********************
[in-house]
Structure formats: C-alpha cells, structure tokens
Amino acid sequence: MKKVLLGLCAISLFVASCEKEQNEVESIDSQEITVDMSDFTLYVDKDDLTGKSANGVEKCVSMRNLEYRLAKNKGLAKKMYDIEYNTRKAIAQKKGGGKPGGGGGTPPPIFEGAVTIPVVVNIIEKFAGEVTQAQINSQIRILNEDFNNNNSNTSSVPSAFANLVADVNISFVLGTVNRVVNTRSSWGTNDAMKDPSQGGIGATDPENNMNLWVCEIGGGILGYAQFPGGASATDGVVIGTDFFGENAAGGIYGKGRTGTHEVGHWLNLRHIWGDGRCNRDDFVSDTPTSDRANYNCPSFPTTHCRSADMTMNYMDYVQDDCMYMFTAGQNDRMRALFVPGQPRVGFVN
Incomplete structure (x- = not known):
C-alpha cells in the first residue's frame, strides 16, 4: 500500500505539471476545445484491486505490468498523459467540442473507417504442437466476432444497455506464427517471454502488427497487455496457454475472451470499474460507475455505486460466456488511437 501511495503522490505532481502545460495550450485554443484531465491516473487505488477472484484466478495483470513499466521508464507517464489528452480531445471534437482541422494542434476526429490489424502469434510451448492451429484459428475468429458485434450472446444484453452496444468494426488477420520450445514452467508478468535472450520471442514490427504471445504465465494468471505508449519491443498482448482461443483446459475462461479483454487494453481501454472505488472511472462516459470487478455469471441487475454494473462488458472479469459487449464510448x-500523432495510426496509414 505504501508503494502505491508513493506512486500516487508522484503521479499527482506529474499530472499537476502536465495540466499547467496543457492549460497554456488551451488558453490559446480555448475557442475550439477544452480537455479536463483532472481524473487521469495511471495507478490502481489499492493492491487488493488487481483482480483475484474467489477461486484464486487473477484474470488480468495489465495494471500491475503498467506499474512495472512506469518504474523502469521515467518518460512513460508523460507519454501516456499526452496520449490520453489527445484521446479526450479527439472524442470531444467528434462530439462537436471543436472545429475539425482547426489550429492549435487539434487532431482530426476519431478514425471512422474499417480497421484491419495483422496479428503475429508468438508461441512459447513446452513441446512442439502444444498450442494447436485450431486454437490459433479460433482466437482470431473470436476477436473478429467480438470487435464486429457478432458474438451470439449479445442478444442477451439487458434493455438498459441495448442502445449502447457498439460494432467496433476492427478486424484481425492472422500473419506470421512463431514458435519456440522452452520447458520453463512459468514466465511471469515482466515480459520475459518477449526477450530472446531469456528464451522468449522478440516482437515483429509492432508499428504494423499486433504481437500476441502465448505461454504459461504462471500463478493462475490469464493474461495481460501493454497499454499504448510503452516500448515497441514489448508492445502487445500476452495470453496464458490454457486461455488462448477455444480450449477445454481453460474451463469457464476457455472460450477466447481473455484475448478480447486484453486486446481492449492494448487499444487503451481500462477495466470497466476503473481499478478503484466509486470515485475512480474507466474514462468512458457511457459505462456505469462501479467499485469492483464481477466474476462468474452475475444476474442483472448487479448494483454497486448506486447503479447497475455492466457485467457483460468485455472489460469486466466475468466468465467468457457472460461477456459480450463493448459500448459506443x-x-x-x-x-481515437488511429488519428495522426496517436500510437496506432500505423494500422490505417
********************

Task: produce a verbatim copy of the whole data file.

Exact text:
[in-house]
Structure formats: C-alpha cells, structure tokens
Amino acid sequence: MKKVLLGLCAISLFVASCEKEQNEVESIDSQEITVDMSDFTLYVDKDDLTGKSANGVEKCVSMRNLEYRLAKNKGLAKKMYDIEYNTRKAIAQKKGGGKPGGGGGTPPPIFEGAVTIPVVVNIIEKFAGEVTQAQINSQIRILNEDFNNNNSNTSSVPSAFANLVADVNISFVLGTVNRVVNTRSSWGTNDAMKDPSQGGIGATDPENNMNLWVCEIGGGILGYAQFPGGASATDGVVIGTDFFGENAAGGIYGKGRTGTHEVGHWLNLRHIWGDGRCNRDDFVSDTPTSDRANYNCPSFPTTHCRSADMTMNYMDYVQDDCMYMFTAGQNDRMRALFVPGQPRVGFVN
Incomplete structure (x- = not known):
C-alpha cells in the first residue's frame, strides 16, 4: 500500500505539471476545445484491486505490468498523459467540442473507417504442437466476432444497455506464427517471454502488427497487455496457454475472451470499474460507475455505486460466456488511437 501511495503522490505532481502545460495550450485554443484531465491516473487505488477472484484466478495483470513499466521508464507517464489528452480531445471534437482541422494542434476526429490489424502469434510451448492451429484459428475468429458485434450472446444484453452496444468494426488477420520450445514452467508478468535472450520471442514490427504471445504465465494468471505508449519491443498482448482461443483446459475462461479483454487494453481501454472505488472511472462516459470487478455469471441487475454494473462488458472479469459487449464510448x-500523432495510426496509414 505504501508503494502505491508513493506512486500516487508522484503521479499527482506529474499530472499537476502536465495540466499547467496543457492549460497554456488551451488558453490559446480555448475557442475550439477544452480537455479536463483532472481524473487521469495511471495507478490502481489499492493492491487488493488487481483482480483475484474467489477461486484464486487473477484474470488480468495489465495494471500491475503498467506499474512495472512506469518504474523502469521515467518518460512513460508523460507519454501516456499526452496520449490520453489527445484521446479526450479527439472524442470531444467528434462530439462537436471543436472545429475539425482547426489550429492549435487539434487532431482530426476519431478514425471512422474499417480497421484491419495483422496479428503475429508468438508461441512459447513446452513441446512442439502444444498450442494447436485450431486454437490459433479460433482466437482470431473470436476477436473478429467480438470487435464486429457478432458474438451470439449479445442478444442477451439487458434493455438498459441495448442502445449502447457498439460494432467496433476492427478486424484481425492472422500473419506470421512463431514458435519456440522452452520447458520453463512459468514466465511471469515482466515480459520475459518477449526477450530472446531469456528464451522468449522478440516482437515483429509492432508499428504494423499486433504481437500476441502465448505461454504459461504462471500463478493462475490469464493474461495481460501493454497499454499504448510503452516500448515497441514489448508492445502487445500476452495470453496464458490454457486461455488462448477455444480450449477445454481453460474451463469457464476457455472460450477466447481473455484475448478480447486484453486486446481492449492494448487499444487503451481500462477495466470497466476503473481499478478503484466509486470515485475512480474507466474514462468512458457511457459505462456505469462501479467499485469492483464481477466474476462468474452475475444476474442483472448487479448494483454497486448506486447503479447497475455492466457485467457483460468485455472489460469486466466475468466468465467468457457472460461477456459480450463493448459500448459506443x-x-x-x-x-481515437488511429488519428495522426496517436500510437496506432500505423494500422490505417